Tag Archives: Science fiction

Genres of Literature – Speculative Fiction


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Speculative fiction

Speculative fiction is included in a broad category, which includes science fiction, fantasy, alternate histories (which may have no particular scientific or futuristic component), and even literary stories that contain fantastic elements. It can also be categorized, in some instances with magic realism. In truth speculative fiction is an umbrella genre encompassing narrative fiction with supernatural or futuristic elements.

The genre ranges from ancient works to paradigm-changing and neotraditional works of the 21st century. It is recognized in the author’s intentions or social contexts within the story versions commonly known. The genre was previously termed historical invention (I personally like this term) as characters from various time periods were within the same narrative. And other terms used were mythopoesis or mythopoeia, meaning fictional speculation.

In general it is the creation of a hypothetical history, explanation or ahistorical storytelling. It is not a ‘new’ genre by any means with the genre being used by ancient Greek writers through to the mid 20th century. In its broadest sense the genre captures both conscious and unconscious aspects of human psychology in making sense of the world, and responding to it by creating imaginative, inventive, and artistic expressions.

Interestingly according to publisher statistics, men outnumber women about two to one among English-language speculative fiction writers aiming for professional publication. However, the percentages vary considerably by genre, with women outnumbering men in the fields of urban fantasy, paranormal romance and young adult fiction.

My current work in progress manuscript is a speculative fiction. Life in Slake Patch is set in an alternative future, where the devastation of a World War resulted in the majority of the male population perishing. This created a world-wide matriarchal society.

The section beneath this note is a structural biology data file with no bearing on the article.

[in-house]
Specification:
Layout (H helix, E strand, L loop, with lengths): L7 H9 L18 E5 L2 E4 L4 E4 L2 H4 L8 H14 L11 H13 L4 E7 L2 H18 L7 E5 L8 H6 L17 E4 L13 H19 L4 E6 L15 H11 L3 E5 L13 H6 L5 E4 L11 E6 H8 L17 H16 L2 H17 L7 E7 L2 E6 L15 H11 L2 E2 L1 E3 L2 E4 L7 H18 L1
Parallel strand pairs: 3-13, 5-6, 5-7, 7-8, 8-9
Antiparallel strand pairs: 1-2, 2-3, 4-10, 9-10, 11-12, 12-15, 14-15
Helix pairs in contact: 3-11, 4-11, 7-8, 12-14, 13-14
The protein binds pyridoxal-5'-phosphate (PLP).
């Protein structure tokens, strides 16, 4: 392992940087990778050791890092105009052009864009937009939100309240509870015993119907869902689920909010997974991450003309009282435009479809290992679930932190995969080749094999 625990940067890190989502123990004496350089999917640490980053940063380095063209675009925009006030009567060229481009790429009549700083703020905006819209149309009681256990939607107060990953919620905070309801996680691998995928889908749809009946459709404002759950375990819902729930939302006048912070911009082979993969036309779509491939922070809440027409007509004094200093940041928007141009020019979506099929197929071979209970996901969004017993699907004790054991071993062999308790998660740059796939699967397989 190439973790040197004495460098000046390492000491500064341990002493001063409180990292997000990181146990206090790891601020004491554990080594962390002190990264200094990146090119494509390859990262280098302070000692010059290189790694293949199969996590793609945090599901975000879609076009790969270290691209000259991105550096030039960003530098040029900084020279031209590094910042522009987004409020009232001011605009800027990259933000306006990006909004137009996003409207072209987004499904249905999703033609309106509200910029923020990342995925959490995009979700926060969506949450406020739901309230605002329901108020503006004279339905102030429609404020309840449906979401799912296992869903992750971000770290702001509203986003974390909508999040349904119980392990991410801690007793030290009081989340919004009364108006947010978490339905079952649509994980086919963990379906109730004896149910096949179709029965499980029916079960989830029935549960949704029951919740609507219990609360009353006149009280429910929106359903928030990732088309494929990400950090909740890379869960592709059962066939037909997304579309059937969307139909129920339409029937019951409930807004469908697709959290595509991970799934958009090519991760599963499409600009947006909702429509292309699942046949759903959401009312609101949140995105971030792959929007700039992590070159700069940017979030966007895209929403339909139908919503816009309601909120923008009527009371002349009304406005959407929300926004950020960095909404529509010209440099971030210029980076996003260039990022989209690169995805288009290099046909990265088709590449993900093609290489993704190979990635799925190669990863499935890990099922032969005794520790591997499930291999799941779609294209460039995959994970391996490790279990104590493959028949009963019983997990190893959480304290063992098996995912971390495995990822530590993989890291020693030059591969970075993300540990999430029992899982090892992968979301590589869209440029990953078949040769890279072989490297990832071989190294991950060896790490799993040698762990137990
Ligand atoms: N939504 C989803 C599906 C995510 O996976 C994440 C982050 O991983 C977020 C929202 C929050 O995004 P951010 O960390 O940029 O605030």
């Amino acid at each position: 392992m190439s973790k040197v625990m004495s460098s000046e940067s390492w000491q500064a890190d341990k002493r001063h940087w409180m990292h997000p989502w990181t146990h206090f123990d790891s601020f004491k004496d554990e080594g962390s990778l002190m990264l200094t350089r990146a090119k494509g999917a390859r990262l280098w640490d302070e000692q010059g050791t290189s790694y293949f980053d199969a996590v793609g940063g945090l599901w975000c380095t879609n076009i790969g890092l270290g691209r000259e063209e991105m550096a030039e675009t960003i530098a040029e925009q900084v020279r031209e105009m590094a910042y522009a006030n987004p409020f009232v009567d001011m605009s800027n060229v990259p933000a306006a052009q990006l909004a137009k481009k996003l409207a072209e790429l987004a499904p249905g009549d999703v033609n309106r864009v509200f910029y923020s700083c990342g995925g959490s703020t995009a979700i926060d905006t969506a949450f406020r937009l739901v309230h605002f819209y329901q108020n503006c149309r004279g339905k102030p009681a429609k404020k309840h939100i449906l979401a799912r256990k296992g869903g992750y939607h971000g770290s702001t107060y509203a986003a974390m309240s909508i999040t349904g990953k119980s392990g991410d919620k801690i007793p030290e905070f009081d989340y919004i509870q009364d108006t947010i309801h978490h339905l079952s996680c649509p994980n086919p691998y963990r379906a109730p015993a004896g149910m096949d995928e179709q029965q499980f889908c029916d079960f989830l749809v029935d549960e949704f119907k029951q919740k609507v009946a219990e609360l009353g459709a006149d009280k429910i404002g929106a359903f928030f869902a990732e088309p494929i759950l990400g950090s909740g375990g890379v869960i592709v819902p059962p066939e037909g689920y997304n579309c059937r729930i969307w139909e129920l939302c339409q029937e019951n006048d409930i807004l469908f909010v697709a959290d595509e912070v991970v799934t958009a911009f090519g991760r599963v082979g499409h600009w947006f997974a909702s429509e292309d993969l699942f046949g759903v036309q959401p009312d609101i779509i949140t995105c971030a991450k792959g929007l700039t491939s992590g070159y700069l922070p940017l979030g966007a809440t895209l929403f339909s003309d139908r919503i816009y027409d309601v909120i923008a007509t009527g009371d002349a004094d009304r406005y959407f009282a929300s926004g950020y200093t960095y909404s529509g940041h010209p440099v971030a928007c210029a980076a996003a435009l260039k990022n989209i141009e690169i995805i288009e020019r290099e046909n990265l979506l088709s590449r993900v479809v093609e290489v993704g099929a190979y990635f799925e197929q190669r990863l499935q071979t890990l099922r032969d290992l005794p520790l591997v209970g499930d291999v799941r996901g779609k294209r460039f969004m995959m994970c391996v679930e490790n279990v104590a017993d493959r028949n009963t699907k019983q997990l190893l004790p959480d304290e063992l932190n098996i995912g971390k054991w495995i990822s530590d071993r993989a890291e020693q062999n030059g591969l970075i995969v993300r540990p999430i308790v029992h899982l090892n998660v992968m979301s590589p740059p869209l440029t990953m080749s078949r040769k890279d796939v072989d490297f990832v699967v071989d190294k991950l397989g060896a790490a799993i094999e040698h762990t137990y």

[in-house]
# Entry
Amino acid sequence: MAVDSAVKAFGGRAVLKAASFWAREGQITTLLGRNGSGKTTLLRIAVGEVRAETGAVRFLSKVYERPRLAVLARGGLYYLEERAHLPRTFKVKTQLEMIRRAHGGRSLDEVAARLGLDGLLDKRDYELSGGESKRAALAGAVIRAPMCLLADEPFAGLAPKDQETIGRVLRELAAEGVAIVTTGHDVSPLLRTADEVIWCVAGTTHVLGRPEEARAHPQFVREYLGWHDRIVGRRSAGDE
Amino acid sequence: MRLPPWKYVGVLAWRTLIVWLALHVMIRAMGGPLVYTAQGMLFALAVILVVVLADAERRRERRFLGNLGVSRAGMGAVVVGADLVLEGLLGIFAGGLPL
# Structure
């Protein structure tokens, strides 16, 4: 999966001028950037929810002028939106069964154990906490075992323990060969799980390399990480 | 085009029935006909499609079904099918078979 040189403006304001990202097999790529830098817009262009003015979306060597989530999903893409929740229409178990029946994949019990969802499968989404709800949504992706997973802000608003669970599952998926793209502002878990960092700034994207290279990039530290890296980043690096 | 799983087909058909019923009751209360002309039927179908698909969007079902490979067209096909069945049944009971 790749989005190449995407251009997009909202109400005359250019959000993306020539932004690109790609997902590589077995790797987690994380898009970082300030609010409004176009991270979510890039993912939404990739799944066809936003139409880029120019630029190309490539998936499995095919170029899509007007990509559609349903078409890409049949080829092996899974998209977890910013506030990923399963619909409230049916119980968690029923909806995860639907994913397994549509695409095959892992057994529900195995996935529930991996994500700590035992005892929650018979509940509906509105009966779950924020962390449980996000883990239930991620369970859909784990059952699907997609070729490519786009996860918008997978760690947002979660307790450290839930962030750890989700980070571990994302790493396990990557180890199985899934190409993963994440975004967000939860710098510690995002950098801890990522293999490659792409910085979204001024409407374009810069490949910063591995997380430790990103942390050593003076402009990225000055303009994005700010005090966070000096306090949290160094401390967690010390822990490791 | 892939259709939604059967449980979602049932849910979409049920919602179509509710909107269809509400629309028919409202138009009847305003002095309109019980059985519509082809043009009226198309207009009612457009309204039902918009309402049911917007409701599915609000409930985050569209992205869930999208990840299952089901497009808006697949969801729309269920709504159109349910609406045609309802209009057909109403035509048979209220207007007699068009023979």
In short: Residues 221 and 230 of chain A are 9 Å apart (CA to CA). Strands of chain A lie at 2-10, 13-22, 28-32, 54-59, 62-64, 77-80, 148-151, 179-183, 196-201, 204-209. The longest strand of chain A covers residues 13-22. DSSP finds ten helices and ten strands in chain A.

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Have you written a speculative fiction story/novel?

Care to share the details below in the comments?

And one last note as I found this delightful snippet of information after I had posted on science fiction on 15th January.

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The story was “True History” by Lucian.

Genres of Literature – Science Fiction


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Science Fiction is a story based on the impact of potential science, either actual or imagined. It is one of the genres of literature that is set in the future or on other planets. The title is often shortened to SF or sci-fi. This genre typically deals with imaginative concepts, such as futuristic science and technology, space and time travel, even faster than light travel but also parallel universes and extraterrestrial life. The narrative can explore the potential consequences of scientific and innovation ideas developed to extremes.

Science fiction elements can include:

  • A temporal setting in the future with alternative timelines or in a historical past that contradicts the known facts of actual history
  • A spatial setting or scenes in outer space, on other worlds or even subterranean earth.
  • Characters do included aliens, mutants, robots and other imagined or predicted beings.
  • Technology can be futuristic or plausible. Examples being teleportation, mind control, ray guns and super-intelligent computers.    
  • Scientific principles that contradict accepted physical laws, such as time travel.
  • New and different political or social systems. 
  • Imagined future history of humans on earth or other planets.
  • Characters with paranormal abilities, such as telekinesis or telepathy.  
  • Other universes or dimensions and travel between them.

Sub-genres include:

Space opera, which is an adventure science fiction set mainly or entirely in outer space or on sometimes distant planets.

Utopian fiction, which portrays a setting that agrees with an ethos believed by the author of another reality.

Dystopia fiction, a portrayal opposed by the authors ethos.

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Time Travel fiction where by utilizing a vehicle of some kind an operator can select a time period and purposefully travel there.